excerpt from THE LONG GOODBYE
Twelve years ago, on June 5, my father died. This is an excerpt from my book The Long Goodbye which was published in 2004. The book chronicled the journey of losing him to Alzheimer’s, and this passage is about the end of the journey. There was a small circle of people around him when he died — me, my brother Ron, one of his nurses, and the doctor.
As the morning goes on and sun burns through the fog, his breathing grows more threadbare. At several moments we think this is it. We tighten the circle around him, touch him lightly, tell him we love him. He inhales sharply; he makes a snoring sound and we laugh through our tears…there is nothing else we can do. We are like shifting tides around him — moving, changing, but never leaving. The phone is ringing. More reporters are gathering outside the gates. News reports can be heard from the television in the other room — President Reagan said to be nearing death.
It doesn’t matter. All that’s real is in this room.
Just before one o’clock we know that this really is it. His breathing is telling us — so shallow it sounds like it can’t even be reaching his lungs. His face is angled toward my mother’s. He opens his eyes — both eyes — wide. They are focused and blue. They haven’t been blue like that in more than a year but they are now. My father looks straight at my mother, holds onto the sight of her face for a moment, and then gently closes his eyes and stops breathing. The room is quiet except for soft weeping; my mother whispers, “That’s the greatest gift you could have given me.”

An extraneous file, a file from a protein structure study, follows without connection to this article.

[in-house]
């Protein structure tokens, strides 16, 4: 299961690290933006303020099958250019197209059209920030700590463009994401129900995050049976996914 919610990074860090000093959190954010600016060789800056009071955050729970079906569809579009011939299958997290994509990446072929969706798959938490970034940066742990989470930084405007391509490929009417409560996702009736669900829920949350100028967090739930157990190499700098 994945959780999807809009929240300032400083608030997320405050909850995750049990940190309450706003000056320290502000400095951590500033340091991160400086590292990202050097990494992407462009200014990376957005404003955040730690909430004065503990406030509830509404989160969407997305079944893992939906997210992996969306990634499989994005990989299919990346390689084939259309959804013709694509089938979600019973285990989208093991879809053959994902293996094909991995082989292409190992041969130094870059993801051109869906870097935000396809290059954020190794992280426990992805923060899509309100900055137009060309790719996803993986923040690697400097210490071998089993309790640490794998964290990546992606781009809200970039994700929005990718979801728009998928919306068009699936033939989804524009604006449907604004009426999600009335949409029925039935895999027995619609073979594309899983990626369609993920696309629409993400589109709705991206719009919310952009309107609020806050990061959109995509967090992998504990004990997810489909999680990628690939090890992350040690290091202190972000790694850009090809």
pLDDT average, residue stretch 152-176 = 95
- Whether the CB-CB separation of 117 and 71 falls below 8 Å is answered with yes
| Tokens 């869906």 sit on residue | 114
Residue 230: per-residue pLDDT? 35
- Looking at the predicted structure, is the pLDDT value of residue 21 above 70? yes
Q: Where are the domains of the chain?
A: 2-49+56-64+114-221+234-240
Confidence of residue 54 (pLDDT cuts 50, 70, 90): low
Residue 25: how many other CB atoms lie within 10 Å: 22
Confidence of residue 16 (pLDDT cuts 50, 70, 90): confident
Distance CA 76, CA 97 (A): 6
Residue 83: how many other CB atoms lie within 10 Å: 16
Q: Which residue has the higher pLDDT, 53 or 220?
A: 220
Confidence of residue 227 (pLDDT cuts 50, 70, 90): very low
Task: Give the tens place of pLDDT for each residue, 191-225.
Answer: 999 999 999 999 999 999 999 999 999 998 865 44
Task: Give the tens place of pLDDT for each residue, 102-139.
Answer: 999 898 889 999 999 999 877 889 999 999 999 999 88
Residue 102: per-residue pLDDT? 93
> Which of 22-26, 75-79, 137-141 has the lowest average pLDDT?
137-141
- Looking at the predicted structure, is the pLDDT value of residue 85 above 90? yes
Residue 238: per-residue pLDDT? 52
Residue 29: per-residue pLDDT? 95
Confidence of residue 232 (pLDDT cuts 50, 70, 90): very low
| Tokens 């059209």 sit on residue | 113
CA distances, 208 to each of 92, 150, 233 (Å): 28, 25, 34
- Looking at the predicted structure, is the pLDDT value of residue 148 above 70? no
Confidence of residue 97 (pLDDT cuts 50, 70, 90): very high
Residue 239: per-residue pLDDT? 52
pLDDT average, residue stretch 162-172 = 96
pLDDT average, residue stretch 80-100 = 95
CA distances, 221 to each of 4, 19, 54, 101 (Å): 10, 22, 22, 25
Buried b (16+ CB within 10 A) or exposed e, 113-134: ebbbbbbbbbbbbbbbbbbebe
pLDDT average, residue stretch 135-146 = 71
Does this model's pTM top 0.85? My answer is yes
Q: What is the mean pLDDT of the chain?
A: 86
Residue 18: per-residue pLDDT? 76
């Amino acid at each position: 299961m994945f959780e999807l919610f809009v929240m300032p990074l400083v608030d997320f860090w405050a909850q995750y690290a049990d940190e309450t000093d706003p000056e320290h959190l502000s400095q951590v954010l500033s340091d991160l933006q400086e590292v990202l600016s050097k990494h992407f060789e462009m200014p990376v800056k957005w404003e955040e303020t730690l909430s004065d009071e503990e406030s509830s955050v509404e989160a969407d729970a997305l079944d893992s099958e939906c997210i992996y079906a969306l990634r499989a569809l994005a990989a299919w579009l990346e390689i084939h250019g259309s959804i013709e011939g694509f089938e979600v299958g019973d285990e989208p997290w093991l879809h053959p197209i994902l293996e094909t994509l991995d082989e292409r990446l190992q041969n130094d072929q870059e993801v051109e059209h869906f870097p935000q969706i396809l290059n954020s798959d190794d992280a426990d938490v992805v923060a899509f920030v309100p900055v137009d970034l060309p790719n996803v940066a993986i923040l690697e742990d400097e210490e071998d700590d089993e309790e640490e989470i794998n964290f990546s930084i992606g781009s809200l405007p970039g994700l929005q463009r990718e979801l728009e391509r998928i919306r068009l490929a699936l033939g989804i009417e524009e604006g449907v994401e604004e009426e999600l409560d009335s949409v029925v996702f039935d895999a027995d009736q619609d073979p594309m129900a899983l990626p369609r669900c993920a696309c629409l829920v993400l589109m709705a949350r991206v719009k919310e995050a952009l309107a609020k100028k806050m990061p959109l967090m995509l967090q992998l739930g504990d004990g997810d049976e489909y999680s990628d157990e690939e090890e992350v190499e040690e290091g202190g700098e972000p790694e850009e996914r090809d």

We had thought, the night before, that illness would define my father’s last moments. He showed us how wrong we were. His soul rose above all the damage of these past years and opened his eyes so he could look with love at my mother. His eyes were blue and full and tender. It was his last act of love in this world and it was meant to cradle her until they are together again.
The rest of the day was surreal. The helicopters came, circling the house, trying to get photos of someone, anyone. So many reporters came that the streets of Bel Air were impassable and the mortuary couldn’t get through, so we told them not to try until the police could corral the press behind barricades. We sat with my father’s body for more than four hours. His room was still the center of the house. We still touched him, stroked his hand whenever went in or out. There was no other room we wanted to occupy. “I don’t want to leave him,” my mother said.
Finally the mortuary was able to get through the crowded streets. As my father was taken away, the room seemed suddenly empty, deserted. The hospital bed looked small without him in it. And the rest of our days without him stretched out in front of us.
There will be times when we are lifted up on the back of memories, and other times when sorrow drives us to our knees. Especially my mother, who will have moments of wondering why he had to leave first. We will wait for him to enter our dreams. We will look for him in every breeze that drifts through every open window. We will breathe deep and wait for his whisper to stream into us — tell us secrets and make us smile. And always, always we will remember that he gave us a moment that changed everything. He opened his eyes and proved that love is stronger than disease. That moment will be the silver thread we cling to as days and nights unwind. We’re not always meant to know why, my father used to say; we’re meant to trust.